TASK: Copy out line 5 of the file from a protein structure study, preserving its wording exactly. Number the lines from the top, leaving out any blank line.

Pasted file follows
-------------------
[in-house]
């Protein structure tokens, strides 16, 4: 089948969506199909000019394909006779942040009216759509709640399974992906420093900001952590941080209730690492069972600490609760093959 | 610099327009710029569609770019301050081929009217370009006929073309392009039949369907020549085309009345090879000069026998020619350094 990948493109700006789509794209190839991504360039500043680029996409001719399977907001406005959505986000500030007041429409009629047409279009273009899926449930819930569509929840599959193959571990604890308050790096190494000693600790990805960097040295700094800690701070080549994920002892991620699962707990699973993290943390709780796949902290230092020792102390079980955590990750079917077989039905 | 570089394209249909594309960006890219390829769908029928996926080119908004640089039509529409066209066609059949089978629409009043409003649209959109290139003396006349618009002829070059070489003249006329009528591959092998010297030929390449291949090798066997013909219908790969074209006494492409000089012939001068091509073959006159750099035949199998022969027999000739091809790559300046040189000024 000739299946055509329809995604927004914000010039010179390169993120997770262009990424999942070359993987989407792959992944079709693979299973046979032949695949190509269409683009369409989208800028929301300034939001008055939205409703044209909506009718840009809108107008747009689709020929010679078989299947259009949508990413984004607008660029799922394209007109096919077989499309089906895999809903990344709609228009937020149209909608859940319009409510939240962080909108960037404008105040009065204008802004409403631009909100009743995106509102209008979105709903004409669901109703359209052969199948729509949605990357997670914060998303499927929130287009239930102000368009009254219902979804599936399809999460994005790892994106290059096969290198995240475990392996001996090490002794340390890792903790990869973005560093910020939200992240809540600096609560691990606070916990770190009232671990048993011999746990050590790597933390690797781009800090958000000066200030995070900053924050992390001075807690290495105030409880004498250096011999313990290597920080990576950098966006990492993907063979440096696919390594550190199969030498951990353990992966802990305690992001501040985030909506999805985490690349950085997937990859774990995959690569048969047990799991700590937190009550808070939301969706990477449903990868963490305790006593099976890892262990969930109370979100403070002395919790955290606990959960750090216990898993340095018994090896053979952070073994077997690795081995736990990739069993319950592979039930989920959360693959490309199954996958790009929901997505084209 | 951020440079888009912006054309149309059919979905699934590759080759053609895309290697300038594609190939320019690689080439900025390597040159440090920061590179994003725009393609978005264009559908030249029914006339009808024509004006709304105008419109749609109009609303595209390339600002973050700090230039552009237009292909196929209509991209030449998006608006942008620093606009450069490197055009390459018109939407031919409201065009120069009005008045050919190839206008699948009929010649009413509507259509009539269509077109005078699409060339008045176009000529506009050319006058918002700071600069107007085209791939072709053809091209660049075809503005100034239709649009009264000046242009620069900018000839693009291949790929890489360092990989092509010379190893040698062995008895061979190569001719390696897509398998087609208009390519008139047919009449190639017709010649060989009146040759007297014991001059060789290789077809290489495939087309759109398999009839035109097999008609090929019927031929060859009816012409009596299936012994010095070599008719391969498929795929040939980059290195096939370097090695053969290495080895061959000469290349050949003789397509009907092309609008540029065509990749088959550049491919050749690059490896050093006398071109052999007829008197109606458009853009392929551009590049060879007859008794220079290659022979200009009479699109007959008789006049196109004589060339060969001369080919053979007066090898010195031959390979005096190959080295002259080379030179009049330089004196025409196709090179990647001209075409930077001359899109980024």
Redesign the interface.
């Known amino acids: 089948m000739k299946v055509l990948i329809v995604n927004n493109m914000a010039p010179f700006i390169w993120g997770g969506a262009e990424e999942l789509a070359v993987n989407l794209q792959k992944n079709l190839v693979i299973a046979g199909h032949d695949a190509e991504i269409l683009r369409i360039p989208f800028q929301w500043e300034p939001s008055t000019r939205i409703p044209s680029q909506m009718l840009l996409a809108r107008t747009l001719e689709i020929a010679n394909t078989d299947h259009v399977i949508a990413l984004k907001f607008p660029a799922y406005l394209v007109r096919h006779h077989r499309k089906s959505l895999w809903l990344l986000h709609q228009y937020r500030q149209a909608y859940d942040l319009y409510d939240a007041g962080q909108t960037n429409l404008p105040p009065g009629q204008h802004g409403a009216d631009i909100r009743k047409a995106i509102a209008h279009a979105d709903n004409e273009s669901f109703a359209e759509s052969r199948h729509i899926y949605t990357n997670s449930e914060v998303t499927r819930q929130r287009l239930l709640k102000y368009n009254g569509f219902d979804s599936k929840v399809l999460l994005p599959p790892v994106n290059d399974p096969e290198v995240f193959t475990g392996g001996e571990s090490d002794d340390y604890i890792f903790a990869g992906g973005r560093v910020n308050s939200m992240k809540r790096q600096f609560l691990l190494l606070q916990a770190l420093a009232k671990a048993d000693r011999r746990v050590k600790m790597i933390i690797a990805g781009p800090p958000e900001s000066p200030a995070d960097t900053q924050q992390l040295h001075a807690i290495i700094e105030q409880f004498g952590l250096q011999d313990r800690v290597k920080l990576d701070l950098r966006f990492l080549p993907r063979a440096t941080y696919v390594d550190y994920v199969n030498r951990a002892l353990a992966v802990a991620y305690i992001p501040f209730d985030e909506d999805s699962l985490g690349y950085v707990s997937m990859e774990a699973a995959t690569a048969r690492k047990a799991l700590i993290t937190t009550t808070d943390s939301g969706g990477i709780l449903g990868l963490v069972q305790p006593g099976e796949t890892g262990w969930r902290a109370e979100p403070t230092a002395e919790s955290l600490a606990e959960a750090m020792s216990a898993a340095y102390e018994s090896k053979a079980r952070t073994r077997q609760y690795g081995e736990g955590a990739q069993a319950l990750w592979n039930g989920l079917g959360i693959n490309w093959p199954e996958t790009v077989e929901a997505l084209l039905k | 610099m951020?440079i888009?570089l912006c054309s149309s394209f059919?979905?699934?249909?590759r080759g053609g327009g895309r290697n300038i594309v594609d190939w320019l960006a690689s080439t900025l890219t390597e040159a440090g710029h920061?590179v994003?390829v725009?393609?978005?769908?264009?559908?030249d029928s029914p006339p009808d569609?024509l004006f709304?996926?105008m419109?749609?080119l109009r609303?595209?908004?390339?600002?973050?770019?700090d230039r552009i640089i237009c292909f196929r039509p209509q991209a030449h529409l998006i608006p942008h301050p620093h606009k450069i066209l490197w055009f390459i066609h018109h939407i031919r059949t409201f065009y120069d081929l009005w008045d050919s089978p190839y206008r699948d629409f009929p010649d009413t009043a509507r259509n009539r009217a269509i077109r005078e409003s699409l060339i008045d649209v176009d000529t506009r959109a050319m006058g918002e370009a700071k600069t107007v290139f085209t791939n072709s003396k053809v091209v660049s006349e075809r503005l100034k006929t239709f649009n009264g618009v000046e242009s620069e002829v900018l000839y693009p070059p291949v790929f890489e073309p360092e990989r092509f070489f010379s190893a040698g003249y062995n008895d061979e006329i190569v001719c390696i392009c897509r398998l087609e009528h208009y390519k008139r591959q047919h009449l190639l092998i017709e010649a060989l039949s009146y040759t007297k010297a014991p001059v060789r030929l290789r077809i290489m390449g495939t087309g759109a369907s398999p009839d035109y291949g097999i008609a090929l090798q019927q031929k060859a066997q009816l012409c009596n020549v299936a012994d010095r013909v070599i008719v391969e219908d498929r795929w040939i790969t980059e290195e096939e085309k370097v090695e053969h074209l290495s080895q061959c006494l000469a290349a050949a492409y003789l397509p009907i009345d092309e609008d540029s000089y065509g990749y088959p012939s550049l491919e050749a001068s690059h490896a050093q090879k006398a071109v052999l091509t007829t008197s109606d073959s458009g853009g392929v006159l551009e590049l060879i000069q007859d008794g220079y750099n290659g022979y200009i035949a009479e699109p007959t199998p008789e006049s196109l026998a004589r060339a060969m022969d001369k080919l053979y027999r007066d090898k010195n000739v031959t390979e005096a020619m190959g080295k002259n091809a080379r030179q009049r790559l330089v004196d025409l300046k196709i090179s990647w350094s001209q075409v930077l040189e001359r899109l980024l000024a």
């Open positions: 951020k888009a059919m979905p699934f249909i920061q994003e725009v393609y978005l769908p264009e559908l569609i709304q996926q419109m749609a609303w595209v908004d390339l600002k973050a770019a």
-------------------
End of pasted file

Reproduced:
């Open positions: 951020k888009a059919m979905p699934f249909i920061q994003e725009v393609y978005l769908p264009e559908l569609i709304q996926q419109m749609a609303w595209v908004d390339l600002k973050a770019a």